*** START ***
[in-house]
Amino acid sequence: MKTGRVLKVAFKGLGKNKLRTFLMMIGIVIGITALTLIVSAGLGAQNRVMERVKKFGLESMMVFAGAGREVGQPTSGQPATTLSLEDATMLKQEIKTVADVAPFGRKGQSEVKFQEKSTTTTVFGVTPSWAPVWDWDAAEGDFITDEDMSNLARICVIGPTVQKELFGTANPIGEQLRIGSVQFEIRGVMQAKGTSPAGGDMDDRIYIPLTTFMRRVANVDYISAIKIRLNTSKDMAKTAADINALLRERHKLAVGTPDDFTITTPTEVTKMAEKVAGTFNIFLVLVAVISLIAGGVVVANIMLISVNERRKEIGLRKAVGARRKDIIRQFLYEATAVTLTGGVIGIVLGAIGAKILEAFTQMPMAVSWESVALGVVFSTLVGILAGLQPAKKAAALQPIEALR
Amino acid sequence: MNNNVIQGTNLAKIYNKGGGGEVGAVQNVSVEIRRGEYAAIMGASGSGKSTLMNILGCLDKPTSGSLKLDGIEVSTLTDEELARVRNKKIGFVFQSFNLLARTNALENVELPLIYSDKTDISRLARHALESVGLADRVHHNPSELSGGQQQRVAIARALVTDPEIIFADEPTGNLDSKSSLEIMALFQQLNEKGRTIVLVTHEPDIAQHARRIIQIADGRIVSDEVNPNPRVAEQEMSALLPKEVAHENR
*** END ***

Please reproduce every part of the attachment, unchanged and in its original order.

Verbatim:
[in-house]
Amino acid sequence: MKTGRVLKVAFKGLGKNKLRTFLMMIGIVIGITALTLIVSAGLGAQNRVMERVKKFGLESMMVFAGAGREVGQPTSGQPATTLSLEDATMLKQEIKTVADVAPFGRKGQSEVKFQEKSTTTTVFGVTPSWAPVWDWDAAEGDFITDEDMSNLARICVIGPTVQKELFGTANPIGEQLRIGSVQFEIRGVMQAKGTSPAGGDMDDRIYIPLTTFMRRVANVDYISAIKIRLNTSKDMAKTAADINALLRERHKLAVGTPDDFTITTPTEVTKMAEKVAGTFNIFLVLVAVISLIAGGVVVANIMLISVNERRKEIGLRKAVGARRKDIIRQFLYEATAVTLTGGVIGIVLGAIGAKILEAFTQMPMAVSWESVALGVVFSTLVGILAGLQPAKKAAALQPIEALR
Amino acid sequence: MNNNVIQGTNLAKIYNKGGGGEVGAVQNVSVEIRRGEYAAIMGASGSGKSTLMNILGCLDKPTSGSLKLDGIEVSTLTDEELARVRNKKIGFVFQSFNLLARTNALENVELPLIYSDKTDISRLARHALESVGLADRVHHNPSELSGGQQQRVAIARALVTDPEIIFADEPTGNLDSKSSLEIMALFQQLNEKGRTIVLVTHEPDIAQHARRIIQIADGRIVSDEVNPNPRVAEQEMSALLPKEVAHENR